inertia of the turbine and the generator and fv is the

viscosity coefficient. Tt and Tm represent respectively

mechanical torque of turbine shaft and generator. m is the

rotational speed of the generator. Mechanical equation is

written as:

emmmv

mm

t TTfdt

dJ

k

J

2

(6)

Fig. 3 Turbine model.

3.2 DFIG Model

The model of DFIG is established in the synchronous

reference dq. Stator and rotor voltages are given by the

following expressions, where R, L, Lm, and and I

represent respectively resistance of windings, inductance,

mutual inductance, flux and current. The subscripts s, r, d

and q respectively indicate stator, rotor, d-axis and q-axis.

qssds

dssdsdt

dIRV

.

(7)

dss

qs

qssqsdt

dIRV

.

(8)

qrrdr

drrdrdt

dIRV

.

(9)

drr

qr

qrrqrdt

dIRV

.

(10)

drmdssmds ILILlL (11)

qrmqssmqs ILILlL (12)

dsmdrrmdr ILILlL (13)

qsmqrrmqr ILILlL (14)

Electromagnetic torque Te is written as:

)(2

3qrdsdrqs

sm

me II

LlL

LpT

(15)

Active and reactive stator power is given in synchronous

reference dq-axis by the expression:

)(2

3qsqsdsdss IVIVP

(16)

)(2

3qsdsdsqss IVIVQ

(17)

3.3 Back to Back PWM Modeling

The back to back allows bidirectional transit of power

between the rotor and the network [8]. Fig.4 represents the

rectifier and inverter connected by the dc link voltage.

IJCSI International Journal of Computer Science Issues, Vol. 10, Issue 2, No 2, March 2013 ISSN (Print): 1694-0814 | ISSN (Online): 1694-0784 www.IJCSI.org 392

Copyright (c) 2013 International Journal of Computer Science Issues. All Rights Reserved.

Fig. 4 back to back converter.

Smn indicates switching functions corresponding to the

IGBT switches where (m denotes a, b and c arms and n

denotes inverter i or rectifier r). if , irec and iinv are

respectively the current in the filter, the output current of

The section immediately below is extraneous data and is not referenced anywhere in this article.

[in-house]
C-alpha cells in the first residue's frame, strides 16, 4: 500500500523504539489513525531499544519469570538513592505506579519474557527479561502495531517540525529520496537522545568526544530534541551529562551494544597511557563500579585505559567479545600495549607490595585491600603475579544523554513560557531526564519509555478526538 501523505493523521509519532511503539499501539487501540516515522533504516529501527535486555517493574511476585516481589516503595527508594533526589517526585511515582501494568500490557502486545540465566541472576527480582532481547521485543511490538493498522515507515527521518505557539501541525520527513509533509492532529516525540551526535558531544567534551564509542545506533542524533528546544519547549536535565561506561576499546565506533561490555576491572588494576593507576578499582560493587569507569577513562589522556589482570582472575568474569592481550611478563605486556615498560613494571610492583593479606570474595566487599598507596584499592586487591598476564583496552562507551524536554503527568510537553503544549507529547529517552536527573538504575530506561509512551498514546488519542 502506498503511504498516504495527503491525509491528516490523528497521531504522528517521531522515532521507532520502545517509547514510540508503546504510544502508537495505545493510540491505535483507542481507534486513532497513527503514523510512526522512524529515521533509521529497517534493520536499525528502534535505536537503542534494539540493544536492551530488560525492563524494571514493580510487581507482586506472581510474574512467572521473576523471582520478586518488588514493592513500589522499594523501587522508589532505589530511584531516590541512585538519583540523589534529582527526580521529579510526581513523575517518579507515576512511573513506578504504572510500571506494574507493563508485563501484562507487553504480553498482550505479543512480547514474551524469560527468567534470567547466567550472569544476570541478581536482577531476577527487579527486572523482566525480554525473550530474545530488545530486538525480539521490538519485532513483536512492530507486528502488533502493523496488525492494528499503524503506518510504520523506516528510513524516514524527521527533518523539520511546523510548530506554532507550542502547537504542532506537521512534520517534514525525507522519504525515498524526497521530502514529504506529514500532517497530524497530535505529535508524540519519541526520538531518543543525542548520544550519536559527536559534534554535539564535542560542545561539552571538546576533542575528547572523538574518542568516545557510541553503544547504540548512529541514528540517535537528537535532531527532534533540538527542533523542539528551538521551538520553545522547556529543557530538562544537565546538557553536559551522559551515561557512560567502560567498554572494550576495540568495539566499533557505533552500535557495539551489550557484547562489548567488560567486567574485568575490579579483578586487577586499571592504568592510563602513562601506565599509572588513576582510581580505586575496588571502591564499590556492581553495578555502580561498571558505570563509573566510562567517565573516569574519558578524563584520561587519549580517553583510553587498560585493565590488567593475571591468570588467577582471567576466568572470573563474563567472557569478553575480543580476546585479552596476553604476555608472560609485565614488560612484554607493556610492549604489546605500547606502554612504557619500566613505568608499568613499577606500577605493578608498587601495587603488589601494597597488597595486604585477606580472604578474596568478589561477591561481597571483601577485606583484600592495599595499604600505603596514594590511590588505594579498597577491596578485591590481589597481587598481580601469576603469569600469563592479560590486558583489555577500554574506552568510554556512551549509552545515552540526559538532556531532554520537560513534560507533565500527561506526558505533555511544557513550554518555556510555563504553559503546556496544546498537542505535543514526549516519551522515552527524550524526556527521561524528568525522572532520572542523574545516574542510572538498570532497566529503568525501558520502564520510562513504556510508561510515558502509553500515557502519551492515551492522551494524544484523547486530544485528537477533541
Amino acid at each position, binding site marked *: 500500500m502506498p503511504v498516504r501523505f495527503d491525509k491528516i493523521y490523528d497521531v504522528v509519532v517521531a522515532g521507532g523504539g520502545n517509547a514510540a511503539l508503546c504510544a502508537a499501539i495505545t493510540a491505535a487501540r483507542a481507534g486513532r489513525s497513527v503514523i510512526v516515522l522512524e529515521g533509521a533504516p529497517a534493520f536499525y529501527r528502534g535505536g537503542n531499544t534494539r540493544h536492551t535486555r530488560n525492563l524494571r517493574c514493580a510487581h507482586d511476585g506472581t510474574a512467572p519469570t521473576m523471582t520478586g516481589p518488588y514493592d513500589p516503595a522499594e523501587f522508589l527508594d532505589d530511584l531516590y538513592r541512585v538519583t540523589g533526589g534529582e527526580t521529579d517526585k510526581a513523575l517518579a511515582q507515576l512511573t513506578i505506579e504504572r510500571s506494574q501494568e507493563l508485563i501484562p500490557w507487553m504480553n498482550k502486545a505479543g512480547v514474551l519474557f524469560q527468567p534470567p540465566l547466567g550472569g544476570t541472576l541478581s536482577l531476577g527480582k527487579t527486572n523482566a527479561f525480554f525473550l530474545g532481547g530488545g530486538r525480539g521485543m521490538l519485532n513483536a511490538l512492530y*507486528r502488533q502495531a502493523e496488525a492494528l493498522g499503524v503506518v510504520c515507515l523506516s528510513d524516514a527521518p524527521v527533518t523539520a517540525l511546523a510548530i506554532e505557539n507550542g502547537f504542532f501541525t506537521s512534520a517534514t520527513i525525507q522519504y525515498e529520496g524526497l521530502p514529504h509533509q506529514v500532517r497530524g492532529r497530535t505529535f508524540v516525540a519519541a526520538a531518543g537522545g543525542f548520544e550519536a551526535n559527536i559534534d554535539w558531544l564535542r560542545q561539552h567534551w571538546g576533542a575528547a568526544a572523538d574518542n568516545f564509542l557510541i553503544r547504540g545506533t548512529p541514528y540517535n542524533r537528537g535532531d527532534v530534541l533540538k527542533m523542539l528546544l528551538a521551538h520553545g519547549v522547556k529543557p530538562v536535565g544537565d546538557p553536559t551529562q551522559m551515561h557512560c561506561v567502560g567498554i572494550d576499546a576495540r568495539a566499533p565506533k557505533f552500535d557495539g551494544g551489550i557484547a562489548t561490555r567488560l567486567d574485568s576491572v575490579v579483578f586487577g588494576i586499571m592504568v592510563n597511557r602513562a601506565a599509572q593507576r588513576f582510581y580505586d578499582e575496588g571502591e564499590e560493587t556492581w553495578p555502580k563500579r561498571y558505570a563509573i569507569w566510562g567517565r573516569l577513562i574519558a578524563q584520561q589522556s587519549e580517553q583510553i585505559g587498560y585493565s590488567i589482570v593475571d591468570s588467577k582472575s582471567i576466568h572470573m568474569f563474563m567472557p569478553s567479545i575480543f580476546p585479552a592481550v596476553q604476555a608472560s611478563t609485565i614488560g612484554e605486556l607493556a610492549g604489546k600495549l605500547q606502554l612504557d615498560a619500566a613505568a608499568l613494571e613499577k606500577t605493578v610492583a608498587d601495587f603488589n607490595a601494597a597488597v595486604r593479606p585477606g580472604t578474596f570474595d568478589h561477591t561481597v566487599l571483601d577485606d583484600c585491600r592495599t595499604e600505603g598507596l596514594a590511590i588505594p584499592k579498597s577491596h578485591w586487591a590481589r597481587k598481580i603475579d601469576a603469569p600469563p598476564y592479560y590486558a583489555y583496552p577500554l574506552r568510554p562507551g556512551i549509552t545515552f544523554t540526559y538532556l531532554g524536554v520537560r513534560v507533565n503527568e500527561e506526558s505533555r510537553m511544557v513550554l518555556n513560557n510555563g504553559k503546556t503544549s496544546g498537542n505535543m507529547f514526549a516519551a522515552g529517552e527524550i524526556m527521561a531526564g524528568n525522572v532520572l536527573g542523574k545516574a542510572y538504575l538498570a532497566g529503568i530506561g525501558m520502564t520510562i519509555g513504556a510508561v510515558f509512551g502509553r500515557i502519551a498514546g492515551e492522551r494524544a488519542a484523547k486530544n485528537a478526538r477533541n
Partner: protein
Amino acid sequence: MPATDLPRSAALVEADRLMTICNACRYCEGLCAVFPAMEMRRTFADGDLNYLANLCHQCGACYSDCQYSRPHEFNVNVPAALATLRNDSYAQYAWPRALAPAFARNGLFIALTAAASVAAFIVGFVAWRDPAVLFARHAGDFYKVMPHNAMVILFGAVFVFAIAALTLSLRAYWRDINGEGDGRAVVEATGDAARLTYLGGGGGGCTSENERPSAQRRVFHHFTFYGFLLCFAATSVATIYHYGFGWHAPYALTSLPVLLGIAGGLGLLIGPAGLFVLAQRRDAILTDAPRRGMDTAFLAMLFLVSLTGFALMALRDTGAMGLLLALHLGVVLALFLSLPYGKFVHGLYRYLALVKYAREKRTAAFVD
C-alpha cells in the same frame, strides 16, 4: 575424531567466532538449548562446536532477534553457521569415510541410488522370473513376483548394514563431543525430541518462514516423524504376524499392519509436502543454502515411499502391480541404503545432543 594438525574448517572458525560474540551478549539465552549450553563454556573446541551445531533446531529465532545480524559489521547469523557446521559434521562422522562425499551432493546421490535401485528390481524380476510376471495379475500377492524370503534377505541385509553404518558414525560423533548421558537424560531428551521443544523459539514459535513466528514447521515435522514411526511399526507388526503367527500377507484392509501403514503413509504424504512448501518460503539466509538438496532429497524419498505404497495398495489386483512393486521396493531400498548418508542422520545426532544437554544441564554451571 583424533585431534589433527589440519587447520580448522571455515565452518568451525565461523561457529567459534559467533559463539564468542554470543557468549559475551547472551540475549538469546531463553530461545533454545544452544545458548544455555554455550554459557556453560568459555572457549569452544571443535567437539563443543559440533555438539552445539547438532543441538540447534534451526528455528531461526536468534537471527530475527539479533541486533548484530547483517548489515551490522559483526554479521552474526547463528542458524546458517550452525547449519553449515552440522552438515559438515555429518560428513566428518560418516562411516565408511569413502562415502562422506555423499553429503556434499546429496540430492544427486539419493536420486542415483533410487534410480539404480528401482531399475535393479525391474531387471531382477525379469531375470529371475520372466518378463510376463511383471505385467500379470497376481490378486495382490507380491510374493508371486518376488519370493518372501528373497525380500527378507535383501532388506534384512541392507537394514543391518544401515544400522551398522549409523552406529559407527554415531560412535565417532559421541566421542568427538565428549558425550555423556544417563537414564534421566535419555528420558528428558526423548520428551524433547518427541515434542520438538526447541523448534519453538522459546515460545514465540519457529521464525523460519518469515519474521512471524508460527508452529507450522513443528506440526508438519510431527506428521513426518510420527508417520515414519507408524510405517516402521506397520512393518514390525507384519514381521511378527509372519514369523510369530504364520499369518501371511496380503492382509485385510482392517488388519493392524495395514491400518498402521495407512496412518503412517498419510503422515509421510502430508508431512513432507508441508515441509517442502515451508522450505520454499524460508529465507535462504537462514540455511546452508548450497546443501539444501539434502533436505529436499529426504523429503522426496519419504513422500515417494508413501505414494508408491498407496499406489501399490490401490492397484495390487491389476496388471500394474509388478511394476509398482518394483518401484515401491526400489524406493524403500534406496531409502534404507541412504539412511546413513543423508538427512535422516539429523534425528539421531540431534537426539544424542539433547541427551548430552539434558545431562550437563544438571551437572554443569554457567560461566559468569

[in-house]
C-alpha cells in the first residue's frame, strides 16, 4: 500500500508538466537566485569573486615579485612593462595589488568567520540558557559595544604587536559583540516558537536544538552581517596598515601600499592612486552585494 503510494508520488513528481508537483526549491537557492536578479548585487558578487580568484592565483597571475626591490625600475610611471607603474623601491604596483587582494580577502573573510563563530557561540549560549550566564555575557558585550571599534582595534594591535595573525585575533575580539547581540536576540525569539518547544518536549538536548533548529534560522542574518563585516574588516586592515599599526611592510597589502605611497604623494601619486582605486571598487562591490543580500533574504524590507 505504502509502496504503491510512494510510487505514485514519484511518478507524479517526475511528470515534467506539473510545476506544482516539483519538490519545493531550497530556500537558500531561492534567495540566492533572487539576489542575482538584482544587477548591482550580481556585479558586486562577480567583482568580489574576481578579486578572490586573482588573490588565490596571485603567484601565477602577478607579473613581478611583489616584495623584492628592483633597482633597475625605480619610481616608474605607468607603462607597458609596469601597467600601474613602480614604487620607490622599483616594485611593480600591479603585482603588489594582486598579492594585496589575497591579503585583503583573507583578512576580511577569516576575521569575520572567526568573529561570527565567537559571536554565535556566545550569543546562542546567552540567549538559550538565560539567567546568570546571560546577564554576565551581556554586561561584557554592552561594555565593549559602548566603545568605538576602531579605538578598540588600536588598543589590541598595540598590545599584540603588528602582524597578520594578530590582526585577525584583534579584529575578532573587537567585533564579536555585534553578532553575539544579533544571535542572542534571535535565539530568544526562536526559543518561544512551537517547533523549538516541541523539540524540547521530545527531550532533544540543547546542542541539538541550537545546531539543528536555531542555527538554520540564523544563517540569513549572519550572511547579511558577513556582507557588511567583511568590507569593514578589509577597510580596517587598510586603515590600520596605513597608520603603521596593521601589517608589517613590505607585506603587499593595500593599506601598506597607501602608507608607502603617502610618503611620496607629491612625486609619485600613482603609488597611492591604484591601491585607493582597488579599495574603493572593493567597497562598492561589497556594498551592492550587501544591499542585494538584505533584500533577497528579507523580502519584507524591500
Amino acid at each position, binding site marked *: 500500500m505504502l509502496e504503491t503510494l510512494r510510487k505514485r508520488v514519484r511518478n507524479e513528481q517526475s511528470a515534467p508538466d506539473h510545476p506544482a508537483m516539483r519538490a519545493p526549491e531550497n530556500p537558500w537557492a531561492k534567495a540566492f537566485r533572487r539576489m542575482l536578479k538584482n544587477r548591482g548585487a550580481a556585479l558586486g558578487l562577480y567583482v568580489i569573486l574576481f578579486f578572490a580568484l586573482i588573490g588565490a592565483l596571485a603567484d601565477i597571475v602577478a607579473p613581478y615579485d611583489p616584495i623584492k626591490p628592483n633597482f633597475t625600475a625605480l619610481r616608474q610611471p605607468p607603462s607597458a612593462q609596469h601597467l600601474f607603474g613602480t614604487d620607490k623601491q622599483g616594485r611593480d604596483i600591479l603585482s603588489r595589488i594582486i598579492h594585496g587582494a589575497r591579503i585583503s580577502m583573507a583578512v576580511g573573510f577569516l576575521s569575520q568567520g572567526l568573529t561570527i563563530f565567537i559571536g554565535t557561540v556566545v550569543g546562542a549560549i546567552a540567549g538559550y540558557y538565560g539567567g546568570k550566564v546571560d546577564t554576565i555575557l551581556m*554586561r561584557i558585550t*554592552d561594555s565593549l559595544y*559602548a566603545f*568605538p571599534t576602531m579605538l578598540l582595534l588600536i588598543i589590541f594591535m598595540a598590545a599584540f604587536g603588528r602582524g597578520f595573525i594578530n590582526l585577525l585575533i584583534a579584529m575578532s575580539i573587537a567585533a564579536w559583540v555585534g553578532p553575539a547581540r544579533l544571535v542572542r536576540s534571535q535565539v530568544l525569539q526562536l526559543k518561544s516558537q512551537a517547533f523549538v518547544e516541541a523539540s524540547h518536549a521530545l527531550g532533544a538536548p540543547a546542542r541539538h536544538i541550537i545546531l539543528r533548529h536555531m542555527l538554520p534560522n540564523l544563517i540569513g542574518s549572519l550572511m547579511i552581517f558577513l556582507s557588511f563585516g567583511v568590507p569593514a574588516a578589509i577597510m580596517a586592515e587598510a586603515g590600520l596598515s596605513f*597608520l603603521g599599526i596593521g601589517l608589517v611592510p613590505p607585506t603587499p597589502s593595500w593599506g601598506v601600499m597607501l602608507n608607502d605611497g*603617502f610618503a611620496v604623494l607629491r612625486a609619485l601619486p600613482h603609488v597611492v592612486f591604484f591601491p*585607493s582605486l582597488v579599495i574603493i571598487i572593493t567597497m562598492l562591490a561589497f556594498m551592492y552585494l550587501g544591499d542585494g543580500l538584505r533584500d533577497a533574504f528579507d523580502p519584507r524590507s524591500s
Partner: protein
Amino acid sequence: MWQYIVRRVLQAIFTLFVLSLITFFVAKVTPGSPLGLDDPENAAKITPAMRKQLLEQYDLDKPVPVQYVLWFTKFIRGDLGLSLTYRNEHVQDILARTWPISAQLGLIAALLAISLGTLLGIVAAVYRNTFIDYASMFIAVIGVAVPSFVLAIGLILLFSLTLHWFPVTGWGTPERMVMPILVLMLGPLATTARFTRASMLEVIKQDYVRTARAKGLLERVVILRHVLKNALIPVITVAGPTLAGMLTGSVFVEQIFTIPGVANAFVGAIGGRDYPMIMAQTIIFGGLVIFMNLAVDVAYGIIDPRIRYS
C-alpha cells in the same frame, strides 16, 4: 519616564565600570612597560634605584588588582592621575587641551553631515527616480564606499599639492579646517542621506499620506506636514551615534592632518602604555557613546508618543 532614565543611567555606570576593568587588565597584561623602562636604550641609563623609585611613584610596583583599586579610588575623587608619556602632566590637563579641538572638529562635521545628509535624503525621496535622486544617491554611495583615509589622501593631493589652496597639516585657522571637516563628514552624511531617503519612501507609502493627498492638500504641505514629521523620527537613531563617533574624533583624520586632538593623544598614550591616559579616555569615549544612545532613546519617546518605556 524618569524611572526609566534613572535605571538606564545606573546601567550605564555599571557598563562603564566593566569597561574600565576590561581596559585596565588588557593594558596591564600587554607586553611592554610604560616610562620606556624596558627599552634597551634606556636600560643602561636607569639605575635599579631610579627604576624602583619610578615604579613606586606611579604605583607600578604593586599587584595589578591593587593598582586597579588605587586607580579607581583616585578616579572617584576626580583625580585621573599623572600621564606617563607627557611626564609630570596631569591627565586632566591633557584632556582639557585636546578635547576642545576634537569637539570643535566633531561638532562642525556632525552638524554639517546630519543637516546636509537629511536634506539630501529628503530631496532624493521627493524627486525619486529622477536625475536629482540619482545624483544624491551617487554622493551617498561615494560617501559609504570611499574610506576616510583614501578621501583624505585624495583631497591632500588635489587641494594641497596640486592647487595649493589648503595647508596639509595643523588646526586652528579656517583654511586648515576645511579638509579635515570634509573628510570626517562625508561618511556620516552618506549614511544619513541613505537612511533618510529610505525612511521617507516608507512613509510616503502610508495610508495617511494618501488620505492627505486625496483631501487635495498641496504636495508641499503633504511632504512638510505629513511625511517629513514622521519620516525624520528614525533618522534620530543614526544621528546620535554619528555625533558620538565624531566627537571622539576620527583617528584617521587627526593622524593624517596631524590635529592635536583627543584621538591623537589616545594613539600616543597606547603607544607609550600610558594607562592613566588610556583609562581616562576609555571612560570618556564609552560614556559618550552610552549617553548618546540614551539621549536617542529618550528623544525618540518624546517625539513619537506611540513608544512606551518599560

the rectifier and the input current of the inverter. iinv is

considered as a load current for the rectifier converter. In

dq-axis reference frame, relations between voltage and

current are given by:

invrecdc ii

dt

duC

(18)

dfdrqfqrrec ISISi

2

3

(19)

1dsdsqfsfdff

df

f VVILIRdt

dIL

(20)

1qsqsdfsfqff

qf

f VVILIRdt

dIL

(21)

dcdrds uSV 1

(22)

dcqrqs uSV 1

(23)

4. Active Disturbance Rejection Control

The active disturbance rejection control was proposed by

Han [9][10][11][12]. It is designed to deal with systems

having a large amount of uncertainty in both the internal

dynamics and external disturbances. The particularity of

the ADRC design is that the total disturbance is defined as

an extended state of the system; and estimated using a state

observer, known as the extended state observer (ESO). It

was also simplified to linear ADRC using the linear ESO,

which makes it easy and convenient to implement [13][14].

We consider the case of first order system for the

illustration of the method.

ubtwyfy 0

.

,,

(24)

Where u and y are input and output variables. w is the

external disturbance, and f(y,w,t) represents the combined

effect of internal dynamics and external disturbance and b0

parameter to estimate.

The basic idea is the estimation and compensation of f. Eq.

(24) can be written in an augmented state space form as:

1

.

2

.

021

.

xy

fhwherehx

ubxx

(25)

Or in the matrix form:

Cxy

EhBubAxx 0

.

(26)

Where

1

0;

0

1;

0

1;

00

10ECBA

t

A state observer of Eq. (25) will estimate the derivatives of

y and f since Eq. (25) is now a state in the extended state

model.

This observer denoted as a Linear Extended State Observer

LESO is constructed as:

2

1

0

.

~

~

LwhereCzy

yyLBubAzz

(27)

L is the observer gain vector. To simplify the tuning

process, the observer gains are parameterized as [15]:

2

0

02

L

Where, 0 is the bandwidth of the observer determined by

the pole placement technique [15]. The estimate is more

precisely by increasing the bandwidth of the observer;

however, a wide bandwidth increases the sensitivity to

noise. In practice, a compromise is made between the

speed at which the observer tracks the states and its

sensitivity to sensor noise. With a properly designed ESO,

z1 and z2 are tracking respectively y and f.

The control law is given by:

0

20

b

zuu

(28)

The original plant in Eq. (24) is reducing to a unit gain

integrator.

002

.

uuzfy (29)

This can be controlled by a simple proportional controller.

10 zrku p

(30)

Where, r is the input signal reference to track.

The controller tuning is chosen as kp=c, where c is the

desired closed loop frequency [14].